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Long Distance Moves

What You Gotta Know

Movers & Brokers

What's The Difference?

What Can Go Wrong

In A Long Distance Move?

What To Look For

In A Moving Company

Best Moving Companies

For Long Distance Moves

The Ultimate Guide to Selecting A Long Distance Moving Company

Table of Contents

Long Distance Moving, Long Distance Movers, and What You Gotta Know

Organized crime doesn’t just make its home in the Quotrons of sleazy Wall Street penny stock scams, or well-lit mafioso bistros with checkerboard floors, or warehouses with panting, paranoid diamond thieves in ripped slim black suits—it could be coming to your door in a moving truck, wearing a baseball cap and a smile.



Maybe not.

The point is this—moving, whether it’s around the block or a cross-country move for the ages, is often a difficult, stressful, and an incredibly taxing part of life.  No one especially enjoys rounding up all their possessions, squashing them into the back seats and trunk of the family car, and making the hump, wherever it may be, to the promised land of the new home.  It may be incredibly satisfying to sit in the fully-furnished brand-new-digs after everyone’s left, taking in the first glimpse of a foreign day or night, one of many more to come; but to get there, you have to go through hours, sometimes days, of one of the most exhausting processes known to the modern common man.

That’s why moving companies exist.  Whether they’re the big multinational chains you may not know by name, but have more than likely seen on the highway in some form or another, or the hometown crew, a family-owned and generationally-storied business that might not be as renowned but is gonna do their darned best to try—moving companies form a critical and invisibly wonderful industry of convenience and necessity to the average American’s SOP.

But not everyone enters into the game for the love of good sport—like any industry in the history of this or any country, the world of moving attracts its fair share of bad actors, con artists, and what many would call in common parlance crummy individuals.  They’re waiting, arms outstretched, in the wilds of the Internet, for unsuspecting, sometimes desperate customers—what they’d call you, perhaps—to see their wonderful rates and get hooked on something so sweet it could only wind up being sour.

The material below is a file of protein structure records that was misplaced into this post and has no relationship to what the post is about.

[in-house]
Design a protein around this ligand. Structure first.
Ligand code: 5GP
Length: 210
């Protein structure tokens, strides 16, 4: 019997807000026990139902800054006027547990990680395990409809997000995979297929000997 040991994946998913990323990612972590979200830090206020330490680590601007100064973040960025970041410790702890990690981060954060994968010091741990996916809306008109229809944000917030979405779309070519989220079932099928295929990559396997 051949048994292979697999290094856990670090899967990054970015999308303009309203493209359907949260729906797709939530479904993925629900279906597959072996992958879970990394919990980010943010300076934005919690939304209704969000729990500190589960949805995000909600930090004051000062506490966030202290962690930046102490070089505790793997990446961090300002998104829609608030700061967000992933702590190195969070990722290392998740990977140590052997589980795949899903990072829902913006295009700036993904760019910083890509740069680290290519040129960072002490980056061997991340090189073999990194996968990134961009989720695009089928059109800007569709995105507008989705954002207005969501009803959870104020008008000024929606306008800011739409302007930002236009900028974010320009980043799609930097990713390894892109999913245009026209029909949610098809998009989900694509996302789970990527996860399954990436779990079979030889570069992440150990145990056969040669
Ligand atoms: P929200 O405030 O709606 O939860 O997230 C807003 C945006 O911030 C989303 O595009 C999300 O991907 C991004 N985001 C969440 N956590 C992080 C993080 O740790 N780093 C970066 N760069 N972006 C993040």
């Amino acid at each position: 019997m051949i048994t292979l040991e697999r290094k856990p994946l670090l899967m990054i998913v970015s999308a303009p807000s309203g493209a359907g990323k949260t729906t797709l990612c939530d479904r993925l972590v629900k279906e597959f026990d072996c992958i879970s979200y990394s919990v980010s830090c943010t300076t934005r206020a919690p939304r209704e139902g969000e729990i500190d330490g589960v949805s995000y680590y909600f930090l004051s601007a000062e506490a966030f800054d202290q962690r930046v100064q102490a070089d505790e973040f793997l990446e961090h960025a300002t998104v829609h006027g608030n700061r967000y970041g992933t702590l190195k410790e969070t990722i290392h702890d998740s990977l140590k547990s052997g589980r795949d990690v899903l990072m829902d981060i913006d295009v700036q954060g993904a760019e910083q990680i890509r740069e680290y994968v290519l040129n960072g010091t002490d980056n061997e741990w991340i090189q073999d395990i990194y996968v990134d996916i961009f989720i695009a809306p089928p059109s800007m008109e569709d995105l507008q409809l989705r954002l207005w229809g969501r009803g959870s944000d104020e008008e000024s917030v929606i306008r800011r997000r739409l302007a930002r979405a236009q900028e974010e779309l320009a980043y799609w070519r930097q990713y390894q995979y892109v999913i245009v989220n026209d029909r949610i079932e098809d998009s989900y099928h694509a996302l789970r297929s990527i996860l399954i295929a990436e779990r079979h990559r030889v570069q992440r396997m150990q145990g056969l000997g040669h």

The first part of this article is a rough character sketch of good movers, bad movers, and what happens when the latter manages to find a score—and the second part is going to give you an arsenal of guidelines, red flags, and trusted resources. By the end, you won’t just know what to avoid in terms of the bad deals—you’ll know exactly how to spot some of the best ones, too.

Movers and Brokers: What's The Difference?


/ˈmo͞ovər/ noun NORTH AMERICAN
1. A person whose job is to remove and transport furniture from one building, especially a house, to another. “He watched movers load the remaining boxes.”

    -Oxford Languages and Google English Dictionary

/ˈbrōkər/ noun
1. A person who buys and sells goods or assets for others. “The centralized lenders operate through brokers.”

    -Oxford Languages and Google English Dictionary

Before you start off on your search for the perfect crew for a long distance move, you’re going to need to know, if you don’t already, the two distinctive types of moving workers you’ll find when looking for companies—movers and brokers.

Movers are the boots-on-the-ground guys who are going to come to your door the day of the move.  They’re the ones loading the truck, driving it to your destination, unloading, and so on.  They’re also the ones who do the actual pricing for the move itself—the estimate, the insurance, any damage reports, and again, so on.

Brokers are essentially sales reps for moving companies. They can be free agents or they can be attached to a larger corporation.  These guys don’t help with the move at all—instead, they’re the ones who you go to so they can negotiate the best possible price for your move and sell it to whichever moving company they think would work best for you.  They make commission based on the sale, your sale, and any other fees or services they might charge along the way.

Here’s the thing—scams can originate from either one with relative ease.  But it’s a much more expensive scam to try and come up with a whole moving company—you need trucks, offices, personnel, you’d need a crew a la Reservoir Dogs to really pull off a consistently successful moving scam more than a few times without getting caught.

Conversely, for just $400, someone, anyone, can buy a cheap flip phone and become a moving broker.  All it takes is the money, the phone, and a source to pull leads from.

There are, of course, ways to verify whether or not a broker is legitimate.  The Federal Motor Carrier Safety Administration provides a database of movers, which you can search by either the moving company’s DOT number or the state.  For interstate or long-distance moves, if you’re working with a broker, they have to give you a mover registered with the DOT.  If they are unable to do so, chances are good they’re not on the level.

What Can Go Wrong In A Long Distance Move?